William H. James

William H. James, circa 1943
William H. James, circa 1943
Recent Address: 373 Reeds Gap Road, Northford, CT 06472
E-mail Address:
Family Info: Parents: John and May; Wife: Dr. Virginia S. James Daughter: Hillery S. James-Chung
Hometown: New Haven, CT
Date Entered Service: July 13, 1942
Service Number: O-575088
Bomb Group: 40th, 444th, XX Bomber Command HQ
Squadron: 25th, 676th
Location of Unit: Davis-Monthan Field, Tuscon, AZ
Missions Flown: No combat missions--just transfers from India to China and back when missions were to be flown.
Hump Missions:
Awards: Asiatic-Pacific Service Medal,WWII Victory Medal,American Service Medal,Distinguished Unit Badge,Air Offensive Japan
Service Schools: Aircraft Mechanics School, Goldsboro, NC 1942; Officer Candidate School, Miami, FL 1943; Army Air Force Intelligence School, Harrisburg, PA 1943
MOS: Combat Intelligence Officer
Rank Upon Discharge: Major
Crew Type: Intelligence
Airplane Serial No.& Name:
Where You a POW?:
POW Location:
Where You a Interned?:
Internment Location:
Date Transferred from the 58th: February, 1946
Date Discharged:
Post WWII Service: After the war temporarily stayed in Reserves as Commanding Officer of 9239th VART Squadron, Flight A, Intelligence. Promoted to Major.
Post WWII Civilian Occupation(s): Ph.D., Brown University, 1933; MA, Yale University, 1948; Ph.D., Yale, 1954. Teaching Principal, Supervising Principal, and School Superintendent, Easton, CT 1946-1958; Superintendent of Schools, Branford, CT 1958-1966; Associate Director of Connecticut Commission for Higher Education, Hartford, CT 1966-1977; Major Responsibilities: Scholarships and Accreditation; 1977-1994 Adjunct Professor at primarily five different colleges and universities: Major subjects: macroeconomics, management, labor-management relations, etc. Teacher and Educational Administrator -- Elementary and Secondary for sixty years, 1933-1994. Listed in Marquis Who's Who In the World.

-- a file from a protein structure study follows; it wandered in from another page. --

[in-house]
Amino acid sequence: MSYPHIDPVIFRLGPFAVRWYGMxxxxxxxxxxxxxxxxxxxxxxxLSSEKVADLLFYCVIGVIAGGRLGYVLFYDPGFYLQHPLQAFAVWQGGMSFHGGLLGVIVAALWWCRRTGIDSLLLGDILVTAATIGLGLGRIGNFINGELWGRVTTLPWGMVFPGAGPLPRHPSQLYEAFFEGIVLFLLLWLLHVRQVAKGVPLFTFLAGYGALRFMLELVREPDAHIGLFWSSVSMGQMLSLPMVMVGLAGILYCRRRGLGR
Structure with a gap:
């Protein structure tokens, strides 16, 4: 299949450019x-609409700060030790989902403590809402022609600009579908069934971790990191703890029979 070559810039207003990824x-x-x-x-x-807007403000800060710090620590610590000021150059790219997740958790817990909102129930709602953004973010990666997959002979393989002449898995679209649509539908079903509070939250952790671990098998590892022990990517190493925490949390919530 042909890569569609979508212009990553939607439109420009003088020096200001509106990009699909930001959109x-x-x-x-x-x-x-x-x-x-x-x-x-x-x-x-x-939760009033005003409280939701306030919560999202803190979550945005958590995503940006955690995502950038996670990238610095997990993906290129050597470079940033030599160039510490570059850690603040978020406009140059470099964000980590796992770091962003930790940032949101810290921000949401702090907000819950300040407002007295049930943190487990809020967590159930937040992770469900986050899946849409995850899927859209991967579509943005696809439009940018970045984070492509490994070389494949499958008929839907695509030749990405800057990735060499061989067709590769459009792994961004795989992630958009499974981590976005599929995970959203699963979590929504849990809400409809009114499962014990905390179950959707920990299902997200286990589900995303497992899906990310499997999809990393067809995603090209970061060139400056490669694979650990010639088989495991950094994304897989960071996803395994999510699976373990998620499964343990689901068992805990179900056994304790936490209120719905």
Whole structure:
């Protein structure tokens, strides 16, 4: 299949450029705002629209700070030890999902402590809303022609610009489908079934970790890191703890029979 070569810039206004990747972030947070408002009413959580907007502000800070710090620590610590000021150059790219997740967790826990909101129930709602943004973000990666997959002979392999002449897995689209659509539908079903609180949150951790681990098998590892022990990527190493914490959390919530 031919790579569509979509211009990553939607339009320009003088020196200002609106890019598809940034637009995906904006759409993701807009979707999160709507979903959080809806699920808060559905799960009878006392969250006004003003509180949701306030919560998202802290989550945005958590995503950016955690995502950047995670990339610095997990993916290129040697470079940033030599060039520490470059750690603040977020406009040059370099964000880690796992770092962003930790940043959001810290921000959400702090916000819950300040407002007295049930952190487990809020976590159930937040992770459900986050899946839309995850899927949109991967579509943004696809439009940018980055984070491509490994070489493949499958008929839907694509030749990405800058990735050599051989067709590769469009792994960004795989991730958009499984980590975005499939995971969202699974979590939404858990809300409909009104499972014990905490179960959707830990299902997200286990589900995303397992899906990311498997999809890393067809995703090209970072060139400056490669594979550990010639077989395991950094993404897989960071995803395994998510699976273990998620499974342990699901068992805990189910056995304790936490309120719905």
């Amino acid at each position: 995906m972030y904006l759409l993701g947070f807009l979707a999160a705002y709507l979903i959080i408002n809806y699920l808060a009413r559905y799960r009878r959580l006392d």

Thoughts About the 58th: As a Combat Intelligence Officer with the 58th Bomb Wing of the 20th Bomber Command I had many memorable experiences in the United States, Australia, India, China, and on Tinian Island in the Pacific. My first assignment was with the 444th Bomb Group which was stationed at Davis-Monthan Field in Tucson, and I was with the 444th when I was transferred to India. While in India I was temporarily assigned to the 20th Bomber Command Headquarters in Kharagpur, India, and then to the 40th Bomb Group which later was transferred to Tinian Island. For various reasons I had many supplementary duties. Two of the most interesting duties were related to Escape and Evasion activities throughout various parts of Asia and then, later, to Air-Sea Rescue activities in the Pacific. This latter duty brought me in contact with many men in both the Air Force and the Navy. In retrospect, it was always gratifying to be a part of the 58th Bomb Wing which had such a significant role in determining the outcome of the war in the Pacific. I have a deep sense of sadness in regard to the many brave men who lost their lives in that war. On a more personal note, I had many memorable experiences but the biggest one was the opportunity to know and serve with many great men. I feel very fortunate to have had that inspiring and wonderful experience.